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November 17, 1996
. Vreme News Digest Agency No 267
Montenegro And The Mob

Speedboats In Transit

by Dejan Anastasijevic

Italian police arrested last Antonio Pagano last week. Pagano, one of the most wanted criminals in the country, was known as the "number one" of the "Santa Coroma", one of the four constituent units of the Italian mafia (the other three are the "Cosa Nostra", the "Camorra" and the "Nargenta"). Pagano was allegedly with his Romanian mistress Liliana Ivanescu at the time the police made the arrest in a spacious Rome villa registered in her name. Pagano's deputy, Benedetto Stano, was arrested shortly afterwards. After the arrests, which engaged an entire fleet of helicopters and hundreds of carabinieri, the police staged a press conference which said that a severe blow had been dealt to the Santa Corona and its basic activity, smuggling cigarettes and drug-trafficking via Montenegro.

"The enormous business of cigarette-smuggling is being conducted with the tacit consent of big companies and the Montenegrin underground because it is bringing major revenues along the Adriatic coast, said Giorgio Oliva, a Brindisi police chief. Oliva said that Pagano and Stano, wanted by the Italian authorities for many years, had been hiding in Montenegro, where they set up headquarters for overseas operations. Sources say that they had a fleet of some fifty speedboats for the transport of cigarettes from Bari to the Montenegrin port of Bar. The remaining members of the gang, Francesco Sparacca, Santo Vantagiatto and Francesco Prudentini are allegedly still in Montenegro.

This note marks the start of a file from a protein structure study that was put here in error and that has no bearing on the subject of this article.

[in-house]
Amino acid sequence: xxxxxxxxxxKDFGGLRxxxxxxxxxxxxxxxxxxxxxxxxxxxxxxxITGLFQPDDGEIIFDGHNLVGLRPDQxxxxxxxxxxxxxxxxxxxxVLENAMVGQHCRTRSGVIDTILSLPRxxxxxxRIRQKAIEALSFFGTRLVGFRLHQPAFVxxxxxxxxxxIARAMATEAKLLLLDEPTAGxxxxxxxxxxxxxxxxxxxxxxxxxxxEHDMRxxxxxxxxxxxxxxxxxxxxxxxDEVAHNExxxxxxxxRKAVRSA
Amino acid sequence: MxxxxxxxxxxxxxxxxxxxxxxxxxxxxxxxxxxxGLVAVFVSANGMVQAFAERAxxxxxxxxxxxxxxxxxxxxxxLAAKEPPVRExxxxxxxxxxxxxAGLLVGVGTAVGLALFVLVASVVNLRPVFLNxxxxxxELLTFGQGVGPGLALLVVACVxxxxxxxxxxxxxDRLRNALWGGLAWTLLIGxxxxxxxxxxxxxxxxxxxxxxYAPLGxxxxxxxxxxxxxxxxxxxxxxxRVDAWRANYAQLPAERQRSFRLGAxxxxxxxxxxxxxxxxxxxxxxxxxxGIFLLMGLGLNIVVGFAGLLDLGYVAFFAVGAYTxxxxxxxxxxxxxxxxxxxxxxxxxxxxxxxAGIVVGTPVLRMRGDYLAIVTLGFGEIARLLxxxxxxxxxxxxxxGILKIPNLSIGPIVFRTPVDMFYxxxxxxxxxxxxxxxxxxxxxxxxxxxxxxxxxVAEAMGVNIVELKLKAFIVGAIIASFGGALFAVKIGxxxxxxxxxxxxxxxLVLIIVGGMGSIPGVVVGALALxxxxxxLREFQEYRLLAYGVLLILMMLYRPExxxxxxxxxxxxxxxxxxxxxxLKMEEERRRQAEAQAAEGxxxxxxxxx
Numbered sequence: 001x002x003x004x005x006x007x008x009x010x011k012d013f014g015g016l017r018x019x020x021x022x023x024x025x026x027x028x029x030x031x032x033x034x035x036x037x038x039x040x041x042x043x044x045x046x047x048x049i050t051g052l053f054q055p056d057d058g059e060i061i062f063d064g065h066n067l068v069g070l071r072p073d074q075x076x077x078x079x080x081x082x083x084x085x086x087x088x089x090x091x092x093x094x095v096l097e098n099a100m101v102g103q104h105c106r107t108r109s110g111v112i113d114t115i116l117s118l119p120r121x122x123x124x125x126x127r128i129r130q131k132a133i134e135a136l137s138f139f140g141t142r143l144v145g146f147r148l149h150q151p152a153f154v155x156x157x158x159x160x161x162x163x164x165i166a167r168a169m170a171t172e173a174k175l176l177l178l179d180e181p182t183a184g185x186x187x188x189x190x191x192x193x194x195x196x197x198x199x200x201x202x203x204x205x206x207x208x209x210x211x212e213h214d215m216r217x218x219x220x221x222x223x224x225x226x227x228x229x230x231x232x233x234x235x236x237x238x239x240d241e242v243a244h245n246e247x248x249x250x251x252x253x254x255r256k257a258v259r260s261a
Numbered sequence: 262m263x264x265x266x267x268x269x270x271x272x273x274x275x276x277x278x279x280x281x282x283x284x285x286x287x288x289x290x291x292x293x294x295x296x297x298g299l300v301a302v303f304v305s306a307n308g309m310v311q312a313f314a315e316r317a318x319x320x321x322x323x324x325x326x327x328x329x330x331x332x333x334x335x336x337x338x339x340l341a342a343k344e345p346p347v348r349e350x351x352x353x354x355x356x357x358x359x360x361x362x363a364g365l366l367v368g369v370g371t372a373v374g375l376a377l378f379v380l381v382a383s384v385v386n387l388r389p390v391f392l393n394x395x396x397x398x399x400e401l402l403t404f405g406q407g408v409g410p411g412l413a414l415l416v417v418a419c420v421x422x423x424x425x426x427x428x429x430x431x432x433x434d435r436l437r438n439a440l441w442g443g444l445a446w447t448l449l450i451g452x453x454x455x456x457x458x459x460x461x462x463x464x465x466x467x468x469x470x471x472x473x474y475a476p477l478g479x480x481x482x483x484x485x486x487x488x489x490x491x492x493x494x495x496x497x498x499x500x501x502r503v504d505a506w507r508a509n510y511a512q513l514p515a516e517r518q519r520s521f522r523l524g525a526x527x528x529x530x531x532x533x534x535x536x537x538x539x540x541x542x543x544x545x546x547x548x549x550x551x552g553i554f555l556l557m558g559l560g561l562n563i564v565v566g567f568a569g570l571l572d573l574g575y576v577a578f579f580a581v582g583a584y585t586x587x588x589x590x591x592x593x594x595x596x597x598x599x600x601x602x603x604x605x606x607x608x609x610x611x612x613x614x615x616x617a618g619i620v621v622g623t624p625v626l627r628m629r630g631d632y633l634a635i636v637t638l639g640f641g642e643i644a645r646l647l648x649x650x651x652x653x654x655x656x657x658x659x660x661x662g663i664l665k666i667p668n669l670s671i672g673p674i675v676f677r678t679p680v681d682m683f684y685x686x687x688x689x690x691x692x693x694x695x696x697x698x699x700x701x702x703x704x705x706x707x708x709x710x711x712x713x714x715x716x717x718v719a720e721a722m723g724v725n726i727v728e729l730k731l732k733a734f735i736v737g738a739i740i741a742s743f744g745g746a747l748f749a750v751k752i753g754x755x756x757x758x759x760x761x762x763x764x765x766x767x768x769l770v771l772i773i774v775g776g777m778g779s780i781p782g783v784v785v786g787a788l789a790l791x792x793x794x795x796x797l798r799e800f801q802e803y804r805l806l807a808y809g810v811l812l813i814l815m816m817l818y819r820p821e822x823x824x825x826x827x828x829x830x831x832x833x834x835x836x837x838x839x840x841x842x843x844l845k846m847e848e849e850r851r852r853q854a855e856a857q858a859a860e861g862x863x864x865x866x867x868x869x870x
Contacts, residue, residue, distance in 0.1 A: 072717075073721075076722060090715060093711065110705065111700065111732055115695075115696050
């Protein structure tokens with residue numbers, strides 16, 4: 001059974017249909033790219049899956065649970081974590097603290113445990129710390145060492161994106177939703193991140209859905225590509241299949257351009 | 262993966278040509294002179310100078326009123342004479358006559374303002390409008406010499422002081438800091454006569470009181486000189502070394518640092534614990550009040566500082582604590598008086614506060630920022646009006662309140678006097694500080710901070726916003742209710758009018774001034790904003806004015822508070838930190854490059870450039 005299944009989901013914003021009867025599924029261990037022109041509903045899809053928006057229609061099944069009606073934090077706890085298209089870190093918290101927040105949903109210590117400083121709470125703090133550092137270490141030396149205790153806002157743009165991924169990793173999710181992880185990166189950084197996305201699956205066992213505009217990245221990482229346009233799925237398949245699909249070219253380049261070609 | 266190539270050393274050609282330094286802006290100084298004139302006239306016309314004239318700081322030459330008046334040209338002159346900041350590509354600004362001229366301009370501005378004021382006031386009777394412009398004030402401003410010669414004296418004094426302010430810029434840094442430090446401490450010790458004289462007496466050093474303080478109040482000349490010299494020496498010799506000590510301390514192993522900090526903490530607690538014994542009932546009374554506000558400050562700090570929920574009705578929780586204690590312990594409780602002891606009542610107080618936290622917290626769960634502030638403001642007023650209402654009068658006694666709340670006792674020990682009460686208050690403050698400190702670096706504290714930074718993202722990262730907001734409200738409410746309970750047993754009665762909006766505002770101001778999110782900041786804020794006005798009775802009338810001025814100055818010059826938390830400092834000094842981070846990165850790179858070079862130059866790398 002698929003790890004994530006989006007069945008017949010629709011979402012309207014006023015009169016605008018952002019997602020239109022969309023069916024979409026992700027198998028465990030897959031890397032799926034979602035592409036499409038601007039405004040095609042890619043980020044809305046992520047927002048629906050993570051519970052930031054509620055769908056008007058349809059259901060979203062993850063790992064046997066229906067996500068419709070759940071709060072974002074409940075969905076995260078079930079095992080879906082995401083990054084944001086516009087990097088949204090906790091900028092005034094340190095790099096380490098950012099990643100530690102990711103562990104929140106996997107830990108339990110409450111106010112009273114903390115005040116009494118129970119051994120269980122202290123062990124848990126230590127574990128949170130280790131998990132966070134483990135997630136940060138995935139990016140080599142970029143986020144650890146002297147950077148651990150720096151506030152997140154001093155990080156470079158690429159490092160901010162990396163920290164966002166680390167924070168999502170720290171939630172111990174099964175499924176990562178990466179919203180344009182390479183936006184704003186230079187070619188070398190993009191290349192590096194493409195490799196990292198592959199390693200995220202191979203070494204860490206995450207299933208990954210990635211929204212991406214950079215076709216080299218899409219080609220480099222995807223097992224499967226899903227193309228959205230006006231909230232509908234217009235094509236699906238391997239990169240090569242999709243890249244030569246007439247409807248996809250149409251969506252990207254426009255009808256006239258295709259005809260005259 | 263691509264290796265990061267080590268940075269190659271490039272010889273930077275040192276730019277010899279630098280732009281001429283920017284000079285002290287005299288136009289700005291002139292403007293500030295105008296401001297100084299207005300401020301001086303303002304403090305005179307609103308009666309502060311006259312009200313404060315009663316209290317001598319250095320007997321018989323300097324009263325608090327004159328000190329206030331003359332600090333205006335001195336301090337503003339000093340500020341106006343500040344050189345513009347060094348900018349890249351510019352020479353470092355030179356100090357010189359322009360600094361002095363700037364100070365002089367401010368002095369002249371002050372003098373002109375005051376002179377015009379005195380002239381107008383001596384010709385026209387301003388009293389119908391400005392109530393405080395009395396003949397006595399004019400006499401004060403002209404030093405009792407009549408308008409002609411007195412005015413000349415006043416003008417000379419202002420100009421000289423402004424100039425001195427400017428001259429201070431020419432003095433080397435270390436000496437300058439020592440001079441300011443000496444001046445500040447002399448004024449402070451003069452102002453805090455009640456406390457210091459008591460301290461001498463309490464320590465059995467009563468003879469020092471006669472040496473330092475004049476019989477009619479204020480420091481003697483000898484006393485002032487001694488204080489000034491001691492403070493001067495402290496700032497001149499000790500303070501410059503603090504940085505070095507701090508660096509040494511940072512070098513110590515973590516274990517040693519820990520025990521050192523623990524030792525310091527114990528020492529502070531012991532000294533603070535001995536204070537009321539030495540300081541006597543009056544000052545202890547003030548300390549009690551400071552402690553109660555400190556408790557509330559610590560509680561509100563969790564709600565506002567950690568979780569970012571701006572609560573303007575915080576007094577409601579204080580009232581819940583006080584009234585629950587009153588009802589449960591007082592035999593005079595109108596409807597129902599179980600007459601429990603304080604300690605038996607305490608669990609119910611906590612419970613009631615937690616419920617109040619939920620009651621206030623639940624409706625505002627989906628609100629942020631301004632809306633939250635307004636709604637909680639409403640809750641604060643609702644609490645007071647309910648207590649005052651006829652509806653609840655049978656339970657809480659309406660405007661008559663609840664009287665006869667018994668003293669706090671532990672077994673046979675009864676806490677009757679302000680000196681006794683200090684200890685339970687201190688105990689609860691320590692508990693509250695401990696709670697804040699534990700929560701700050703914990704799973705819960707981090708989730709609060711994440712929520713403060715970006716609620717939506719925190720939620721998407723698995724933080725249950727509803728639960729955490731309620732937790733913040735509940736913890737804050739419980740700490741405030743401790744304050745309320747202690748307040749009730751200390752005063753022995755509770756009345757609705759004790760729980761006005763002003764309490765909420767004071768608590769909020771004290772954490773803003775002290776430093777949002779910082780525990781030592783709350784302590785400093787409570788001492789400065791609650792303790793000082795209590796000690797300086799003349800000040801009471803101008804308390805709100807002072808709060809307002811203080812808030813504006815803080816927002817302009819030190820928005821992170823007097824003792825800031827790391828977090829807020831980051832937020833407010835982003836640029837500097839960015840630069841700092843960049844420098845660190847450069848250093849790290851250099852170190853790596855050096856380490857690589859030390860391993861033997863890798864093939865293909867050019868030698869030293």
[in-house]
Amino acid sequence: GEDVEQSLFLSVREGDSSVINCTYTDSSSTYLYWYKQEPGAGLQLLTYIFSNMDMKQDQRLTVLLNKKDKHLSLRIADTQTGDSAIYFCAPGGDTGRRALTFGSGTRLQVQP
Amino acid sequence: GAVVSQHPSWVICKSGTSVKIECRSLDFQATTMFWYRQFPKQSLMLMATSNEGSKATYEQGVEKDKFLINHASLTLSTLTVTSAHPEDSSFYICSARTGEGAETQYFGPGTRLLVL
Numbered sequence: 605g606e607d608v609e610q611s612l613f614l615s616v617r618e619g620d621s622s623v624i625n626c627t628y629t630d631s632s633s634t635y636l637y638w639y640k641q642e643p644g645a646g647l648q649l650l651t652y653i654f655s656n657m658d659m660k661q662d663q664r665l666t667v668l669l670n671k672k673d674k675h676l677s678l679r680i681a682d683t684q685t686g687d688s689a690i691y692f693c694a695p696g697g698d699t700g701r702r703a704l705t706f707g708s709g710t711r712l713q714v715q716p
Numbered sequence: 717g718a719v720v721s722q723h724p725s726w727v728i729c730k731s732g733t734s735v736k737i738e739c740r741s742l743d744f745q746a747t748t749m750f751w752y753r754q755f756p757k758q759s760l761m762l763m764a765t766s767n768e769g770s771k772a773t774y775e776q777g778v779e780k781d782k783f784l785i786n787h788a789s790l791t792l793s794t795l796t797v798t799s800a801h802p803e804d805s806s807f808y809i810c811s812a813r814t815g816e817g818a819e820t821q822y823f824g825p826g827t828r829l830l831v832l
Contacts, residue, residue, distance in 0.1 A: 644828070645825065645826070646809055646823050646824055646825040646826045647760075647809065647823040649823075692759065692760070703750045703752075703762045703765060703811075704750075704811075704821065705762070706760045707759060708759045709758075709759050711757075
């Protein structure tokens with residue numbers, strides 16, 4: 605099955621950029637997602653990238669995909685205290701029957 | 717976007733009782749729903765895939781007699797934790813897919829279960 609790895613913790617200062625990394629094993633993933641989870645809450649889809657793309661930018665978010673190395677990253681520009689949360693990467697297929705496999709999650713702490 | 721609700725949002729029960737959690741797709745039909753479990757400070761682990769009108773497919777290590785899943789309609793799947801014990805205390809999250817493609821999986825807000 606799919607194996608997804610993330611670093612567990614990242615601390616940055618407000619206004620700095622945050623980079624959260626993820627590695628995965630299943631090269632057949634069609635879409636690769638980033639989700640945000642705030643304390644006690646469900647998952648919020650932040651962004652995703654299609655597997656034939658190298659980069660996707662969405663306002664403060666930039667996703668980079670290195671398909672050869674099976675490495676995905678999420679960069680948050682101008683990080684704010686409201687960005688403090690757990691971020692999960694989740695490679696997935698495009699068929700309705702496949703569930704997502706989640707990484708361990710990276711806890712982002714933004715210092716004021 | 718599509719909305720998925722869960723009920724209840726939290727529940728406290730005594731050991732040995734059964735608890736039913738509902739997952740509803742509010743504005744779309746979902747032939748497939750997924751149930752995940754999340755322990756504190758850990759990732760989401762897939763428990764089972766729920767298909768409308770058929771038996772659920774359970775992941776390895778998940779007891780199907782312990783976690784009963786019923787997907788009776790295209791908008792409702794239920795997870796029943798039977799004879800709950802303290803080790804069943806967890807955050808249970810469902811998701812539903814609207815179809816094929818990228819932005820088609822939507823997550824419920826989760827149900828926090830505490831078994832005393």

THE UNDERGROUND AND THE SKY: Vreme paid a visit to Montenegro to see if the story was true but could not find any of the three Italians. What we did see for ourselves is that smuggling cigarettes is much more than a criminal activity in the coastal republic: everyone we talked to, including government officials and street dealers, agreed with the theory that the "transit" of cigarettes, as they call it, is one of the major economic branches in Montenegro. What is more, rumors have it that the money for wages and pensions during the UN-imposed economic sanctions against Yugoslavia was allocated from the profits made by the "transit" of these goods. For that reason and the scale of the profit made in this business, it was difficult to find someone willing to explain exactly how the "transit" works. One of the people interviewed said he would be better off dead than saying a word or two about the business.

A customs officer nevertheless told us that the main transport route until January 27 this year was an "airlift" by Russian-owned planes via the Podgorica airport. He said the planes with Ukrainian crews were loaded with about forty tons of cigarettes each, mainly Marlboro Rothmans and other quality blends, and landed three or four times a day in the Montenegrin capital allegedly because of technical problems. A part of the load was transported in vans and trucks to distributors in Serbia, but most of it was taken to the ports of Bar and Zelenika and loaded on to Santa Corona speedboats bound for Italy. He says that January 27 was a crucial date for the business because the annual report on imports and exports was to be sent the day after to the federal customs board in Belgrade, nominally in charge of all forms of trade. It appears that some sort of conflict emerged between Belgrade and Montenegro, probably about sharing the profit, so the "air lift" route was no used as frequently as before. However, the turnover via roads from Albania, Bulgaria and Macedonia intensified at the same time.

CUSTOMS WARS: Legally and financially, the load goes down as transit during its transportation through Montenegro, which is why the business was named "transit". Accordingly, under the law, no taxes or duties are paid for goods in transit. However, being paid for are the "good services" of Montenegrin individuals, registered as transportation costs. Montenegrins make thirty US dollars per box. A box is fifty cartons containing ten packets each.